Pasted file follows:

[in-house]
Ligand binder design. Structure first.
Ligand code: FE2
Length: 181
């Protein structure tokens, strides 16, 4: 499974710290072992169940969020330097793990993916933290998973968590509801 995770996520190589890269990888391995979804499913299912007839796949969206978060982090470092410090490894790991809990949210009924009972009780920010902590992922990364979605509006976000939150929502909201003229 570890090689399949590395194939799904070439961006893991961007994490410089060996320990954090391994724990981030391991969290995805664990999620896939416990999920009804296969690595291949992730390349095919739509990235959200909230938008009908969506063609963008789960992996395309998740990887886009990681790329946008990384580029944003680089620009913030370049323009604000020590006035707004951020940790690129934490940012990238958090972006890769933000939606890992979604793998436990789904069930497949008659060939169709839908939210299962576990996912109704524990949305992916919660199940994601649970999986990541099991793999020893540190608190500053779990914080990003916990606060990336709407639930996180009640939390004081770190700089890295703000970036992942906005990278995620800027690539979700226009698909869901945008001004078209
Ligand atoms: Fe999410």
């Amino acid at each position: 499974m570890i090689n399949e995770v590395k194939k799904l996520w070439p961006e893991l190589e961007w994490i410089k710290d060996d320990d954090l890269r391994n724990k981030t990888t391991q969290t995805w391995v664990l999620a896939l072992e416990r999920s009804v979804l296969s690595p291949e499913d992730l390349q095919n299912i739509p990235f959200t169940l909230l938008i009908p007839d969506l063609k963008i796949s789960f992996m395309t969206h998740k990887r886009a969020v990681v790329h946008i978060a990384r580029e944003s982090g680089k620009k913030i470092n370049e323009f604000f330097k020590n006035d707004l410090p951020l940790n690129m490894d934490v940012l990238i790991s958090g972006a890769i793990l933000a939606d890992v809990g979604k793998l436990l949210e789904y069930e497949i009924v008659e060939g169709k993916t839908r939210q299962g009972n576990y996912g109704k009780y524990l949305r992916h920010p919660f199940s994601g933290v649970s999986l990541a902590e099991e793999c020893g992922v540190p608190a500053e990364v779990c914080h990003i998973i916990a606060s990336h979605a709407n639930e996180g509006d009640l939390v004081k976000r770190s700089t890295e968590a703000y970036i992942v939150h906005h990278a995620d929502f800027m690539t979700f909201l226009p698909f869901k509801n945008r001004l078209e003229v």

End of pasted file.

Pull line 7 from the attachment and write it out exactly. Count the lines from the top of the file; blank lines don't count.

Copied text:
């Amino acid at each position: 499974m570890i090689n399949e995770v590395k194939k799904l996520w070439p961006e893991l190589e961007w994490i410089k710290d060996d320990d954090l890269r391994n724990k981030t990888t391991q969290t995805w391995v664990l999620a896939l072992e416990r999920s009804v979804l296969s690595p291949e499913d992730l390349q095919n299912i739509p990235f959200t169940l909230l938008i009908p007839d969506l063609k963008i796949s789960f992996m395309t969206h998740k990887r886009a969020v990681v790329h946008i978060a990384r580029e944003s982090g680089k620009k913030i470092n370049e323009f604000f330097k020590n006035d707004l410090p951020l940790n690129m490894d934490v940012l990238i790991s958090g972006a890769i793990l933000a939606d890992v809990g979604k793998l436990l949210e789904y069930e497949i009924v008659e060939g169709k993916t839908r939210q299962g009972n576990y996912g109704k009780y524990l949305r992916h920010p919660f199940s994601g933290v649970s999986l990541a902590e099991e793999c020893g992922v540190p608190a500053e990364v779990c914080h990003i998973i916990a606060s990336h979605a709407n639930e996180g509006d009640l939390v004081k976000r770190s700089t890295e968590a703000y970036i992942v939150h906005h990278a995620d929502f800027m690539t979700f909201l226009p698909f869901k509801n945008r001004l078209e003229v």